Dishwashing plus camping equals context.

When I was a kid, one of my family chores was washing the dishes in the evening several times a week.  I grew up in a farming community back in the 80s, when almost nobody had a fancy electric appliance called a “dishwasher.” There were 6 of us in my family, so dishwashing was no small task, either.

My mom and dad each gave me advice about how to get dishes as clean as possible. Mom said to use plenty of soap, and Dad said to use the hottest water I could bear to stick my hands in. I ended up with seriously chapped hands most of the time.

Recently, I was laughing about my by-hand-dishwashing experience with my friend Tom. He grew up on a farm and can commiserate about the drudgery of chores. And, just like my dad, Tom has a love of camping, joined the military to see life outside Ohio, and is a practical sort of guy.

Tom pointed out something to me about my dad’s advice to wash dishes in the hottest water possible. When you are camping for fun or for the military, he said, it’s a good idea to rinse dishes in water hot enough to scald. Otherwise, you risk leaving nasty bacteria on your dishes. Nobody wants to deal with stomach issues in the wilderness.

Here’s why Tom’s perspective matters to me: he gave me context I could never have seen on my own. By adding context to my understanding of my dad and his experiences, a lot of the advice he gave me over the years makes more sense now.

Context is also the reason I always believe people when they say, “Well, it’s complicated.”

It’s complicated because they are dealing with layers and layers of context that I can’t see (yet). If I could wave a magic wand, that context would become visible to me – and to them! Context helps us see why making decisions is difficult, why someone is stuck on a particular task, or why success seems to be just beyond reach. There are several areas in which I often help clients gain context and, therefore, greater clarity:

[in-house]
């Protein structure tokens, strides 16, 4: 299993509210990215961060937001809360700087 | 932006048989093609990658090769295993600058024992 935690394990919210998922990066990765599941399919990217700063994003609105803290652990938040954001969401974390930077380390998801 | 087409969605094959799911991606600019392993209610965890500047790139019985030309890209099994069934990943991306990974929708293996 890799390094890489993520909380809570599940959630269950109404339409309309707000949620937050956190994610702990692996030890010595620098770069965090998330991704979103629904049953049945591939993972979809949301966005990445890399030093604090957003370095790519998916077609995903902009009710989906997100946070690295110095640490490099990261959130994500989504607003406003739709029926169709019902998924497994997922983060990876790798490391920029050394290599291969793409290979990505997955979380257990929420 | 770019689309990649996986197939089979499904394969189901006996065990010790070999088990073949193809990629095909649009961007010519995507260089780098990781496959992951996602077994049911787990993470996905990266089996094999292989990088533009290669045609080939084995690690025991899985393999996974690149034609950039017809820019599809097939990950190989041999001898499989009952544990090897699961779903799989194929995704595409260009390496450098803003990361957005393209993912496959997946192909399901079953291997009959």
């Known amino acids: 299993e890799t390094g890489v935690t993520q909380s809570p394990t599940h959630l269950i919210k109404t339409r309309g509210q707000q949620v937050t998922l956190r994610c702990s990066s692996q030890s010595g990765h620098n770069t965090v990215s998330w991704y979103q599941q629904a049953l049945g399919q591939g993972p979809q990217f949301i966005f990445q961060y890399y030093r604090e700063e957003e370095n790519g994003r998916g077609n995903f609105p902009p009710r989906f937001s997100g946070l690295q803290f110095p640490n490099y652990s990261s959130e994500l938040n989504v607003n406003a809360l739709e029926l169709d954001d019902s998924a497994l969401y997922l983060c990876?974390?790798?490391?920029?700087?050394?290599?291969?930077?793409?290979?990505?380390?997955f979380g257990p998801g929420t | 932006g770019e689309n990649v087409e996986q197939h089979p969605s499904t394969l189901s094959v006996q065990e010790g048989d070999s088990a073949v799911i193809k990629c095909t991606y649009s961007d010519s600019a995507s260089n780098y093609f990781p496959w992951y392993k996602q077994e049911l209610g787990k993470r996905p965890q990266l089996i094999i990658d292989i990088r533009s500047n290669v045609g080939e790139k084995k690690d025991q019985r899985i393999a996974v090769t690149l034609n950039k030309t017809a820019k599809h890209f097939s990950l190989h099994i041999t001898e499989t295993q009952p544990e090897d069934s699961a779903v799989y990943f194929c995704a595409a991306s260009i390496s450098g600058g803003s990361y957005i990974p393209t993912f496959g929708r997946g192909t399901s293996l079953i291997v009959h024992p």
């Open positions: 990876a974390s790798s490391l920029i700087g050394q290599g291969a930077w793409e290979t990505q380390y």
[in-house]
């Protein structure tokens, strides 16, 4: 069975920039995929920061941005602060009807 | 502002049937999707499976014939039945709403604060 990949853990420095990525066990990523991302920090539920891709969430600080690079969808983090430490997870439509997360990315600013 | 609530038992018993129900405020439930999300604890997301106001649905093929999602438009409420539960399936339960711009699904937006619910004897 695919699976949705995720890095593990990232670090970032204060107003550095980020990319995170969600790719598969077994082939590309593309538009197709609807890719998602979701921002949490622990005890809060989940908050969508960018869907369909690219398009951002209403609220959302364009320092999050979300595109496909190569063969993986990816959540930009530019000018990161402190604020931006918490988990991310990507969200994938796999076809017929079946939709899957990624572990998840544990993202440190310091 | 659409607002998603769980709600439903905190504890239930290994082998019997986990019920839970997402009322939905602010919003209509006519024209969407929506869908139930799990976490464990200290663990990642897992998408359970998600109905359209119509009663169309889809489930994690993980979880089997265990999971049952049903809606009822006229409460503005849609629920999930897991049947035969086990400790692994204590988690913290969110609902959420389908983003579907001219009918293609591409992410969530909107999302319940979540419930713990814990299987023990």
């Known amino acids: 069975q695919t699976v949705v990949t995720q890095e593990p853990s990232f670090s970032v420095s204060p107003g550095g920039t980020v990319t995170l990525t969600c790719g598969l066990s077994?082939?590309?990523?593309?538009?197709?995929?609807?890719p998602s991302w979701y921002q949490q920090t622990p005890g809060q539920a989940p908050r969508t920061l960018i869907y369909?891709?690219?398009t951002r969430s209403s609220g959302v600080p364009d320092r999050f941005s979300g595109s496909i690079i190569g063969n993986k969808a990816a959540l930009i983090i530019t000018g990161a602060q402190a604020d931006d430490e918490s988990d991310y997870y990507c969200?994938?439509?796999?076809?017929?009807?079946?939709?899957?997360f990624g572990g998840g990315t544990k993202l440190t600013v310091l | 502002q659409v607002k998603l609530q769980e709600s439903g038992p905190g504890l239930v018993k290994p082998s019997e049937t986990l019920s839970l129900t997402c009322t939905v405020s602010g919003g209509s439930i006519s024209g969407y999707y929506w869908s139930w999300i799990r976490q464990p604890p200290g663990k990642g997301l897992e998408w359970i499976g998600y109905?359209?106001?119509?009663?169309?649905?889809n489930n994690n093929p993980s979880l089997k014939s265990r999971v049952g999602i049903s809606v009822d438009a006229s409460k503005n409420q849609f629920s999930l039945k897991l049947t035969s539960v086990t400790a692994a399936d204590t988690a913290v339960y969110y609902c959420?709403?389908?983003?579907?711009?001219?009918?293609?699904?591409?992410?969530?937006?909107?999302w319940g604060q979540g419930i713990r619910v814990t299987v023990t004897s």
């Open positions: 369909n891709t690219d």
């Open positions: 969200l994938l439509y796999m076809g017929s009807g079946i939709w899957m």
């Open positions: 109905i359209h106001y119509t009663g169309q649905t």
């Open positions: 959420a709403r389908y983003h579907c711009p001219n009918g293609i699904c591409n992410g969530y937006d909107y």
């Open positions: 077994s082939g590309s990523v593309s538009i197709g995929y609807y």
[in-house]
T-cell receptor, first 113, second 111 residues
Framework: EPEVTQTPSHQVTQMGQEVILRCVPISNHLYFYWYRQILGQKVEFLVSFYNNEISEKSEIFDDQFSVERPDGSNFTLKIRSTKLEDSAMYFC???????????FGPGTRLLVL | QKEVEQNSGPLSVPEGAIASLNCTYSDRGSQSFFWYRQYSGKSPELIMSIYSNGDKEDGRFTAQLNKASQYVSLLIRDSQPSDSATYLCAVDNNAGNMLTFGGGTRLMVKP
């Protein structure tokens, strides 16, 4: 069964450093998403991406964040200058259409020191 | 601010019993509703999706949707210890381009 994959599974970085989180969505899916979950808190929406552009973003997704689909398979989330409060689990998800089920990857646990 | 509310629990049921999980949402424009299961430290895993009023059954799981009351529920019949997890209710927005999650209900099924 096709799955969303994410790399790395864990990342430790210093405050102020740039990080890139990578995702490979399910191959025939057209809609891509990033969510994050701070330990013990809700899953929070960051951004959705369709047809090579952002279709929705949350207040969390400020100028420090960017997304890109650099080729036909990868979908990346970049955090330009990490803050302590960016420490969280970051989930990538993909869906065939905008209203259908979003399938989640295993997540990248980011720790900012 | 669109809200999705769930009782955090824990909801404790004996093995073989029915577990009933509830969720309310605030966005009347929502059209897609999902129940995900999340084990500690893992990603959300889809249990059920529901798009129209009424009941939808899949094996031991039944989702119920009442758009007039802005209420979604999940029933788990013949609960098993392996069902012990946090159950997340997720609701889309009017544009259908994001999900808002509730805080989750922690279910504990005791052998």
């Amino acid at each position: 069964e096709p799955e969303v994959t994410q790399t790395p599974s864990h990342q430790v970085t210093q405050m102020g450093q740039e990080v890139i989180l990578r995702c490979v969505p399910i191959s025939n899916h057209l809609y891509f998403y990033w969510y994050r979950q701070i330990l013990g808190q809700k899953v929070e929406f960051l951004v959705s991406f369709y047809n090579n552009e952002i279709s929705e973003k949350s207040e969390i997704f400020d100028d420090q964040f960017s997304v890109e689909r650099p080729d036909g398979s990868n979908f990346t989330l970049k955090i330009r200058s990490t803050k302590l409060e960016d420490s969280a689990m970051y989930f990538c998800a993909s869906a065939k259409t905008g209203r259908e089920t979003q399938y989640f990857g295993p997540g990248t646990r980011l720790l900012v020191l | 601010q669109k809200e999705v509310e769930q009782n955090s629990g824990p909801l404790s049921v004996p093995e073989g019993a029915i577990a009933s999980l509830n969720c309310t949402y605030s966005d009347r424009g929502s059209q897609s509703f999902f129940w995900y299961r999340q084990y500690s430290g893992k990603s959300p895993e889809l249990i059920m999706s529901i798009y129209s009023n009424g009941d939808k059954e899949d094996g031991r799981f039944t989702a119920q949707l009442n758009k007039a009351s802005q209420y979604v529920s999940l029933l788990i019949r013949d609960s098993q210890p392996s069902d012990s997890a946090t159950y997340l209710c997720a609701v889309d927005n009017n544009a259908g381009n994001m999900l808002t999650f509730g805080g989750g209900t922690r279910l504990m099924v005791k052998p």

• Vision and direction;
  • Action plans;
  • Skills;
  • Things that limit progress – both physical environment and mental games and beliefs.

If you suspect you need greater clarity in any of these areas, try first looking for clues to context. Ask why your staff member relies on a particular routine, or how many years ago the phone-answering protocol was established, or what were the circumstances that led to the purchase of your client management system?

Maybe, like me, you’ll discover the context behind that puzzling directive to rinse dishes in uncomfortably hot water. Context that helps you understand the advice was actually given out of deep concern for the safety and well-being of your community.

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Where in your business could you be missing context? Tell us about it! We pledge to provide you with insight and solutions to help you build success for your business and teams.

Kay Coughlin, CEO, Facilitator on Fire, is passionate about helping businesses overcome roadblocks through leadership and sales coaching for women and team workshops.

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1 Comment

  1. Gary Monti

    Great post! Right on target. It’s where I spend a great deal of time with my change management practice, i.e., bringing it all to the surface. Always run into a paradox…people complain about not being understood and then they protect (ferociously, sometimes) the deeper layers that, when understood within the group, can help them break loose and experience abundance.

    Again, great post, Kay!

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